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Supplements support the heart

Supplements support the heart

Natural supplements, including omega-3 fatty acids, magnesium, and coQ10, have been repeatedly shown to be both safe and effective for people with heart diseases.

Heart diseases remain the leading cause of death in the United States, killing 600,000 people each year, even though pharmacies annually fill more than 255 million prescriptions for statins and other cholesterol-lowering drugs. Clearly, more intervention is needed, and many experts agree that natural alternatives are the place to start. “Statins do far more harm than good,” asserts Andrew Saul, PhD, a nutritional medicine expert and the author of Doctor Yourself (Basic Health, 2012).

Research shows that statins can cause muscle and liver damage, as well as fatigue, in part because they block the body’s production of coenzyme Q10 (coQ10), according to Peter Langsjoen, MD, a cardiologist in Tyler, Texas. “On the other hand, natural supplements, including omega-3 fatty acids, magnesium, and coQ10, have been repeatedly shown to be both safe and effective for people with heart diseases,” says Saul.

Of course, diet, exercise and lifestyle are paramount. A 2013 study in the New England Journal of Medicine found that people eating a Mediterranean-style diet, which emphasizes fish, vegetables and healthy oils, had a 30 percent lower risk of cardiovascular diseases.

Solid science supports the use of supplements for preventing and reversing heart diseases. And people increasingly want to take charge of their own health, as the steady rise in sales indicates. Fish oil supplements surpassed $1.2 billion in 2012 (the latest year for which sales figures are available). A similar trend occurred for vitamin-like coenzyme Q10, which garnered $560 million in sales during 2012. Even sales of red yeast rice, a niche product, have consistently grown, reaching $41 million in that year. The robust market indicates there is room for a wide variety of supplements in this category. Here are the leaders—by condition—according to the science. 

Coronary artery disease 

According to abundant research, taking omega-3s (particularly eicosapentaenoic acid (EPA) and docosahexaenoic acid (DHA) cuts the risk of coronary heart disease up to 38 percent by preventing dangerous clots, lowering blood pressure, reducing triglyceride levels and protecting the heart from damaging inflammation. Similarly, people with high magnesium intake are one-third less likely to die of any cause, especially heart attacks, according to a 2013 study. The mineral plays hundreds of health roles and is essential for normal heart rhythm. Dose: 360–800 mg EPA and 100–500 mg DHA daily; 300 mg magnesium citrate daily.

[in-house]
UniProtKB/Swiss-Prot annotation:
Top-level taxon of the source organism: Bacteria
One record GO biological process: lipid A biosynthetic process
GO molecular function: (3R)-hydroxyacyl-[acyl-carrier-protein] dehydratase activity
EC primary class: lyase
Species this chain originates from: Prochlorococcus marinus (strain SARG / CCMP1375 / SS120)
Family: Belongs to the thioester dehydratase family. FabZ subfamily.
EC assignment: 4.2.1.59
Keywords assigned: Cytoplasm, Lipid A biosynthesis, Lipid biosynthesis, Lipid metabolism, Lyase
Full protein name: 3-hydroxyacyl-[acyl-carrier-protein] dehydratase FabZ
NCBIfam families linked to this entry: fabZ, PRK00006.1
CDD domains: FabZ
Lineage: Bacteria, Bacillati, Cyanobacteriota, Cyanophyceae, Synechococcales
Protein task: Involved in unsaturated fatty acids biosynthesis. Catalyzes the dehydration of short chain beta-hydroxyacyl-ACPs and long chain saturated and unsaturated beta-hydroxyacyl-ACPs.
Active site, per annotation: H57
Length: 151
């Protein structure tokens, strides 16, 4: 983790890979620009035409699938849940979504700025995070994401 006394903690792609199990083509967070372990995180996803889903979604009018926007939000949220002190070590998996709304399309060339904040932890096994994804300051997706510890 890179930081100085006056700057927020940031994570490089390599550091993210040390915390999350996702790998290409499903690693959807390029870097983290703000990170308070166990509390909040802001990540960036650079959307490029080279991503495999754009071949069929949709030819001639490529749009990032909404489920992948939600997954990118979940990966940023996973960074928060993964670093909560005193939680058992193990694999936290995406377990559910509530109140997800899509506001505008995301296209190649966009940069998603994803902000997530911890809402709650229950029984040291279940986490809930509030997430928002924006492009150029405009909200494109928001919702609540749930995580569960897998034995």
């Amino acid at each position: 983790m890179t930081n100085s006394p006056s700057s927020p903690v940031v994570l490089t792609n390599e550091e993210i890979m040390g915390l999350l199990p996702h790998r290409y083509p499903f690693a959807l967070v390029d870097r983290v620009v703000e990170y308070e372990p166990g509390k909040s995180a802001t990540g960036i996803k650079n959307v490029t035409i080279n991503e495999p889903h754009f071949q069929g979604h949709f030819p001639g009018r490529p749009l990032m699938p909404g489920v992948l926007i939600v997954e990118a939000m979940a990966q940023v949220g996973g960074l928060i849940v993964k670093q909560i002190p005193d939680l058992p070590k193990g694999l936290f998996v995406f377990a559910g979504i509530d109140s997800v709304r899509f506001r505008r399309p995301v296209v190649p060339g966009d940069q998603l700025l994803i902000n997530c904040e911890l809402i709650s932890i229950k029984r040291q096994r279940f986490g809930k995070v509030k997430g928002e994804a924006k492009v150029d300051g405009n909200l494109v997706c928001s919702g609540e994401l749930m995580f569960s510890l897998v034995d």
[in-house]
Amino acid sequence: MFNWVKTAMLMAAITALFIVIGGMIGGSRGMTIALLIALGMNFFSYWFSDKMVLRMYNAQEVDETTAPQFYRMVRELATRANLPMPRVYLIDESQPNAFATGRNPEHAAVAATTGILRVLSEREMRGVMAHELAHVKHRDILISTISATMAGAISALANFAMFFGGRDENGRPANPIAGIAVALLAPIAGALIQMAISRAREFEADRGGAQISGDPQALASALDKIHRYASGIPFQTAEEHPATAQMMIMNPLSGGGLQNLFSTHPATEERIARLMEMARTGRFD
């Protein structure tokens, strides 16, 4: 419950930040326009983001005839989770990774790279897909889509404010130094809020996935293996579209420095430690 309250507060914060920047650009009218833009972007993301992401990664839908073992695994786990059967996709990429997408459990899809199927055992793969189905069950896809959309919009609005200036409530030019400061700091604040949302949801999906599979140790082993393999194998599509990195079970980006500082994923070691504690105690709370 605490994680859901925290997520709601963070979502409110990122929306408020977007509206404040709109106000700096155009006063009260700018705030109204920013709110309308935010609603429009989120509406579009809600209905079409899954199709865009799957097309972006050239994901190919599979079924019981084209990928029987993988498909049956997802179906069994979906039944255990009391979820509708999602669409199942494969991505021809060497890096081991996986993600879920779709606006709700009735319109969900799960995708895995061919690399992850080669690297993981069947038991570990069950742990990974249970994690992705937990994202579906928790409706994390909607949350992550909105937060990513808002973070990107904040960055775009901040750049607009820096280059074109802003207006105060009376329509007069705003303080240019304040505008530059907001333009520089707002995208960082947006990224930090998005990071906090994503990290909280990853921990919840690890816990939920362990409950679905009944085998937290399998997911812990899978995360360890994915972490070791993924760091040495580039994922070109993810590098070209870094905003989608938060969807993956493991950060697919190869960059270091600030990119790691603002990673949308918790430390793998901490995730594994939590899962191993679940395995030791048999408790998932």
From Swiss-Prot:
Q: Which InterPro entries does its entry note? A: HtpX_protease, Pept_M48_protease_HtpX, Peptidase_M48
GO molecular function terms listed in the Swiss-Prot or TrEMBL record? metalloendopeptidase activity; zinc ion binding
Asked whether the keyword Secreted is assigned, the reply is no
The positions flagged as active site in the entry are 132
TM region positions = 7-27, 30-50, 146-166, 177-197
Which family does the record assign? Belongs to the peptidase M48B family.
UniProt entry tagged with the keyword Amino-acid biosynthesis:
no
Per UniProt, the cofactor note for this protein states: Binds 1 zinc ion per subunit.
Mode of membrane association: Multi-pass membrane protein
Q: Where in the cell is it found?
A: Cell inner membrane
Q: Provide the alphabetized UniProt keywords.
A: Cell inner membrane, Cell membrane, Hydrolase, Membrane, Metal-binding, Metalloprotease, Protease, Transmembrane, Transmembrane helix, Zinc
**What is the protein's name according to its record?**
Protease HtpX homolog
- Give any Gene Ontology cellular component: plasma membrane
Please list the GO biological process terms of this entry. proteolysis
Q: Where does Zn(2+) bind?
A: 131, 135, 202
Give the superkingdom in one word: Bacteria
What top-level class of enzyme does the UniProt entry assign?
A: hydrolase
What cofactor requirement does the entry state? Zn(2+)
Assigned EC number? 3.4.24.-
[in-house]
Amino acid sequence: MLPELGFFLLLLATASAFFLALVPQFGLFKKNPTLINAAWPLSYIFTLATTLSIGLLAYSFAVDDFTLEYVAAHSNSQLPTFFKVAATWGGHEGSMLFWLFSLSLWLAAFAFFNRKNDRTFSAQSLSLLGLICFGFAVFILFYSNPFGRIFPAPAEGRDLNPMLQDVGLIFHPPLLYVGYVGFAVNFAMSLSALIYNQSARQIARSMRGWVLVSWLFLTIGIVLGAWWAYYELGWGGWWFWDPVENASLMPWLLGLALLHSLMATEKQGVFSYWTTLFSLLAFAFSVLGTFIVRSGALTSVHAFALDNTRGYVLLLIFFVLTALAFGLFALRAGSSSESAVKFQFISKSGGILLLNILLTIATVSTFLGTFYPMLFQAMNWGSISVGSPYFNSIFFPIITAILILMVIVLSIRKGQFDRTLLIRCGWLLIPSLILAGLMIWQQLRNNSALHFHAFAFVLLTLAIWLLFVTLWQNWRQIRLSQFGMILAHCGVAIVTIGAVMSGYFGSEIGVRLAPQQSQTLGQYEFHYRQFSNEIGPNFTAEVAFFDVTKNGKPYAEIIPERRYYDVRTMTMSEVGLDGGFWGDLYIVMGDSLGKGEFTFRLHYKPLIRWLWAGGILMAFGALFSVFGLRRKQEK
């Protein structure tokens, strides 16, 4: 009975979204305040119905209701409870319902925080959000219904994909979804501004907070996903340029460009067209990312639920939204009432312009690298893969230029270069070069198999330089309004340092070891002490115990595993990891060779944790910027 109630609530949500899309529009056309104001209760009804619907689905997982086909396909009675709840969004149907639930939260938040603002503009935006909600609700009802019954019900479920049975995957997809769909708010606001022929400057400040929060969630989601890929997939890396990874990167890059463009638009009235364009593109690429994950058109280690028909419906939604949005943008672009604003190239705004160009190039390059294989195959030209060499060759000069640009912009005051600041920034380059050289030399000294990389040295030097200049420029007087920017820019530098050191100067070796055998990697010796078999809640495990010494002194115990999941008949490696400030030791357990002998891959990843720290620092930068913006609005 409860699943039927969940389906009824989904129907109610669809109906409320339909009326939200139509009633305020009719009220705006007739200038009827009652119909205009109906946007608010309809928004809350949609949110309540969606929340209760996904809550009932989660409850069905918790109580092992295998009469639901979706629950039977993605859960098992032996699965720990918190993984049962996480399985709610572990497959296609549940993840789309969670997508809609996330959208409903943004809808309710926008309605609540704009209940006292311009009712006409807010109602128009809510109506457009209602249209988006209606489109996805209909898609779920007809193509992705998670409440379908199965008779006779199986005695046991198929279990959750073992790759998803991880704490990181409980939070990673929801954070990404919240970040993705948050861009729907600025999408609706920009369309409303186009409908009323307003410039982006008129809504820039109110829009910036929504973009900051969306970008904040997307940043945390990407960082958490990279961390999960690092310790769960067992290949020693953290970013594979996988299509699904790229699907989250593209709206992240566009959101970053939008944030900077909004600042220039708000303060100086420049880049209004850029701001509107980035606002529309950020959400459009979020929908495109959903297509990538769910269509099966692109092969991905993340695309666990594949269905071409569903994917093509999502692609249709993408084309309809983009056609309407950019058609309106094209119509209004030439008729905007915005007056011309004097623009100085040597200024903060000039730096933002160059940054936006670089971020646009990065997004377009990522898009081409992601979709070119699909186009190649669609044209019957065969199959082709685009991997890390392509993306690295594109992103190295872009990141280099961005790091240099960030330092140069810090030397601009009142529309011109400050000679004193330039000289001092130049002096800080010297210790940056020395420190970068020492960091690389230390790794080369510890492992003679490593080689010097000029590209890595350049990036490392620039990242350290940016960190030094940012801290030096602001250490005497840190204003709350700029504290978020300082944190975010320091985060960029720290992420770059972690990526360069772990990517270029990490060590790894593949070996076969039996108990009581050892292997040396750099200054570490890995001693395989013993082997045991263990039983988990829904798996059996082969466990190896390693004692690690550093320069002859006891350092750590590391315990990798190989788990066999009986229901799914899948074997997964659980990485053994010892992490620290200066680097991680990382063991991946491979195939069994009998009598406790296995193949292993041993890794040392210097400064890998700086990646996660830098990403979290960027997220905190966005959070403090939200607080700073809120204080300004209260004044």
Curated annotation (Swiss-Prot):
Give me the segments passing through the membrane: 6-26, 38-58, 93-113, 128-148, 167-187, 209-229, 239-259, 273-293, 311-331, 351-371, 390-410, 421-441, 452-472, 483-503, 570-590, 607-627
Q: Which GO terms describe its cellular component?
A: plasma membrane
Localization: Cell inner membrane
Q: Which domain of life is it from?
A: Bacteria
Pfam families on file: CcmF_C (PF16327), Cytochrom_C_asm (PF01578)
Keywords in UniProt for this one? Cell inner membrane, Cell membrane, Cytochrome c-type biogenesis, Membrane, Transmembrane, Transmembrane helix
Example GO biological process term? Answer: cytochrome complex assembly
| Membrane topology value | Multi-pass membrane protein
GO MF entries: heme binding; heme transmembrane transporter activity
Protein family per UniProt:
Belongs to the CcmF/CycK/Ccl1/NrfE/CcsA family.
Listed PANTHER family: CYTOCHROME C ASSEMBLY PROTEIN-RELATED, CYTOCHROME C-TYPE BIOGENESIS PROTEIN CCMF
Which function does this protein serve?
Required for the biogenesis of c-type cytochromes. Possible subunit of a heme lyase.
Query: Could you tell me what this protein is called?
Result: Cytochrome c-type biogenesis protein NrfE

High cholesterol

Red yeast rice contains monacolin K, which is chemically similar to statin drugs; numerous recent studies have found that it can safely lower total and LDL (bad) cholesterol levels, without lowering HDL (good) cholesterol. Alternatively, a 2014 study indicates that plant extracts called phytosterols and stanols block cholesterol absorption in the gut, also lowering lipid levels. Dose: Start with 1.2 grams or more of red yeast rice to yield 10 mg monacolin K daily. Take 2–4 grams of phytosterols or stanols daily.

Heart failure

Coenzyme Q10 ubiquinone, the basis of the 1978 Nobel Prize in chemistry, and its reduced form ubiquinol are the standout nutrients for preventing heart failure, a condition caused by a weak heart muscle. This remarkable nutrient strengthens the heart and improves its ability to pump blood. Meanwhile, L-carnitine (found in protein) also strengthens the heart by burning fat as a fuel. Both nutrients work well together. Dose: 200–400 mg coQ10 daily (if ubiquinol, take 25 percent to 50 percent less); 1–2 grams L-carnitine daily.

Stroke

Strokes occur when a blood vessel in the brain either becomes blocked or ruptures. These episodes kill 130,000 Americans each year, but two nutrients can greatly reduce risk. In 2012, Swedish researchers reported that boosting magnesium intake by just 100 mg daily reduced risk of ischemic stroke (the most common type) by almost 10 percent. And a 2014 study indicates that vitamin C lowers hemorrhagic stroke risk, likely by strengthening the brain’s blood vessels. Dose: 100–300 mg magnesium citrate daily; 1,000 mg or more vitamin C daily.

Arrhythmias

Sometimes the heart’s natural rhythm goes haywire, beating erratically or abnormally fast. Arrhythmias are fairly common, and they can be life threatening. Some supplements help regulate heartbeat. Omega-3s can alleviate ventricular arrhythmias, and supplemental magnesium can reduce atrial fibrillation, a type of arrhythmia that omega-3s don’t benefit. Dose: 360–800 mg EPA and 100–500 mg DHA daily and/or 300 mg magnesium citrate daily.

Blood pressure

Hypertension can develop when blood vessels become too stiff and lose their natural elasticity. A cell-signaling molecule called nitric oxide regulates blood vessel elasticity. You can’t buy nitric oxide as a supplement (it exists as a gas in the bloodstream), but you can take its precursor, the amino acid L-arginine. Studies have found that L-arginine can lower blood pressure by a few points; even more important, it enhances overall blood vessel flexibility. Use L-arginine with caution if you are prone to herpes outbreaks because it might stimulate the virus’s activity. Dose: 1 gram one to three times daily.

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